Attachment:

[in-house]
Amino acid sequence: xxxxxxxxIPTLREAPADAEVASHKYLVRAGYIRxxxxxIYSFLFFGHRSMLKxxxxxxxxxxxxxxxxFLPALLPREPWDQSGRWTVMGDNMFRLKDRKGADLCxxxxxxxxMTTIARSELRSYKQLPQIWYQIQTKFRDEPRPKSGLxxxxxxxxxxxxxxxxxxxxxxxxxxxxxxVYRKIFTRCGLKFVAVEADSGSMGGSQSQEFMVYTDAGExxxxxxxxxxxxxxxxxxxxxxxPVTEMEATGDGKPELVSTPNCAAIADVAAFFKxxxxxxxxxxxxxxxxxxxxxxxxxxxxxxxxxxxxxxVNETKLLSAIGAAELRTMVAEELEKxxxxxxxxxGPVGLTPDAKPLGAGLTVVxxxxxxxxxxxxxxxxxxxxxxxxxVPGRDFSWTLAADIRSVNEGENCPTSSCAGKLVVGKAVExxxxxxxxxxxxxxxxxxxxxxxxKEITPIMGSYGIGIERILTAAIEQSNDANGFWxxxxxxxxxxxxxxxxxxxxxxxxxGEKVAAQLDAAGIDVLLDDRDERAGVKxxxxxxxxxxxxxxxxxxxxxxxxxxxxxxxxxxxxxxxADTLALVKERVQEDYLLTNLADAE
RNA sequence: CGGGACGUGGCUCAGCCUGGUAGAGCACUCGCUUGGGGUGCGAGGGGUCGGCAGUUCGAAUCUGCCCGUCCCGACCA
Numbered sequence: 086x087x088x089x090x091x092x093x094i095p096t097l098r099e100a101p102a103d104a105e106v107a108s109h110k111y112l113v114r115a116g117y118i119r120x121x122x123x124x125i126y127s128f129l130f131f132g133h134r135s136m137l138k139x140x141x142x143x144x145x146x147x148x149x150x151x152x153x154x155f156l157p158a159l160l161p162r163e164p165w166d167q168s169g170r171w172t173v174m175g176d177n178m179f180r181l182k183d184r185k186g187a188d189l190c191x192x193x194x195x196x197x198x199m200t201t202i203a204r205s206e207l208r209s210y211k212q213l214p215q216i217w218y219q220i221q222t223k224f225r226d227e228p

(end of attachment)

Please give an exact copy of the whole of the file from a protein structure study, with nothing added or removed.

[in-house]
Amino acid sequence: xxxxxxxxIPTLREAPADAEVASHKYLVRAGYIRxxxxxIYSFLFFGHRSMLKxxxxxxxxxxxxxxxxFLPALLPREPWDQSGRWTVMGDNMFRLKDRKGADLCxxxxxxxxMTTIARSELRSYKQLPQIWYQIQTKFRDEPRPKSGLxxxxxxxxxxxxxxxxxxxxxxxxxxxxxxVYRKIFTRCGLKFVAVEADSGSMGGSQSQEFMVYTDAGExxxxxxxxxxxxxxxxxxxxxxxPVTEMEATGDGKPELVSTPNCAAIADVAAFFKxxxxxxxxxxxxxxxxxxxxxxxxxxxxxxxxxxxxxxVNETKLLSAIGAAELRTMVAEELEKxxxxxxxxxGPVGLTPDAKPLGAGLTVVxxxxxxxxxxxxxxxxxxxxxxxxxVPGRDFSWTLAADIRSVNEGENCPTSSCAGKLVVGKAVExxxxxxxxxxxxxxxxxxxxxxxxKEITPIMGSYGIGIERILTAAIEQSNDANGFWxxxxxxxxxxxxxxxxxxxxxxxxxGEKVAAQLDAAGIDVLLDDRDERAGVKxxxxxxxxxxxxxxxxxxxxxxxxxxxxxxxxxxxxxxxADTLALVKERVQEDYLLTNLADAE
RNA sequence: CGGGACGUGGCUCAGCCUGGUAGAGCACUCGCUUGGGGUGCGAGGGGUCGGCAGUUCGAAUCUGCCCGUCCCGACCA
Numbered sequence: 086x087x088x089x090x091x092x093x094i095p096t097l098r099e100a101p102a103d104a105e106v107a108s109h110k111y112l113v114r115a116g117y118i119r120x121x122x123x124x125i126y127s128f129l130f131f132g133h134r135s136m137l138k139x140x141x142x143x144x145x146x147x148x149x150x151x152x153x154x155f156l157p158a159l160l161p162r163e164p165w166d167q168s169g170r171w172t173v174m175g176d177n178m179f180r181l182k183d184r185k186g187a188d189l190c191x192x193x194x195x196x197x198x199m200t201t202i203a204r205s206e207l208r209s210y211k212q213l214p215q216i217w218y219q220i221q222t223k224f225r226d227e228p